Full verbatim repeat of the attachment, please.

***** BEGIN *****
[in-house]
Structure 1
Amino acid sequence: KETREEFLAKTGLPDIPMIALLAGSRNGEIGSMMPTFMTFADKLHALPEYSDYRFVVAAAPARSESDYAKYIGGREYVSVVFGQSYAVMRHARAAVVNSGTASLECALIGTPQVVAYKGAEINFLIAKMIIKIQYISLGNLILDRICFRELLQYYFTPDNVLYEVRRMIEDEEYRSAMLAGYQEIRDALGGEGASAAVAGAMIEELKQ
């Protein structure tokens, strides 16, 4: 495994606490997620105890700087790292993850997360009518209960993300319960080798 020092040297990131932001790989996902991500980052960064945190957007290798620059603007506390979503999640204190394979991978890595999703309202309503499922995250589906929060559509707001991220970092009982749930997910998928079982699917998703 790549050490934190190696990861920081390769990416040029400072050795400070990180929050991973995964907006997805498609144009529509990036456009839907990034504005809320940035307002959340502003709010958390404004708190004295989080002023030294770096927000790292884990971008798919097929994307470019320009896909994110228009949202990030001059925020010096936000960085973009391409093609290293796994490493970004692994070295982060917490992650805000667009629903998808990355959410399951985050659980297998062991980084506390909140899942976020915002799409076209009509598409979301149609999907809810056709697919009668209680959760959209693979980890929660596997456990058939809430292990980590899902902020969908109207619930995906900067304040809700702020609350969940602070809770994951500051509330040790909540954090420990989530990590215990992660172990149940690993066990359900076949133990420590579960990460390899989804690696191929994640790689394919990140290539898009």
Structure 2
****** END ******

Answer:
[in-house]
Structure 1
Amino acid sequence: KETREEFLAKTGLPDIPMIALLAGSRNGEIGSMMPTFMTFADKLHALPEYSDYRFVVAAAPARSESDYAKYIGGREYVSVVFGQSYAVMRHARAAVVNSGTASLECALIGTPQVVAYKGAEINFLIAKMIIKIQYISLGNLILDRICFRELLQYYFTPDNVLYEVRRMIEDEEYRSAMLAGYQEIRDALGGEGASAAVAGAMIEELKQ
């Protein structure tokens, strides 16, 4: 495994606490997620105890700087790292993850997360009518209960993300319960080798 020092040297990131932001790989996902991500980052960064945190957007290798620059603007506390979503999640204190394979991978890595999703309202309503499922995250589906929060559509707001991220970092009982749930997910998928079982699917998703 790549050490934190190696990861920081390769990416040029400072050795400070990180929050991973995964907006997805498609144009529509990036456009839907990034504005809320940035307002959340502003709010958390404004708190004295989080002023030294770096927000790292884990971008798919097929994307470019320009896909994110228009949202990030001059925020010096936000960085973009391409093609290293796994490493970004692994070295982060917490992650805000667009629903998808990355959410399951985050659980297998062991980084506390909140899942976020915002799409076209009509598409979301149609999907809810056709697919009668209680959760959209693979980890929660596997456990058939809430292990980590899902902020969908109207619930995906900067304040809700702020609350969940602070809770994951500051509330040790909540954090420990989530990590215990992660172990149940690993066990359900076949133990420590579960990460390899989804690696191929994640790689394919990140290539898009």
Structure 2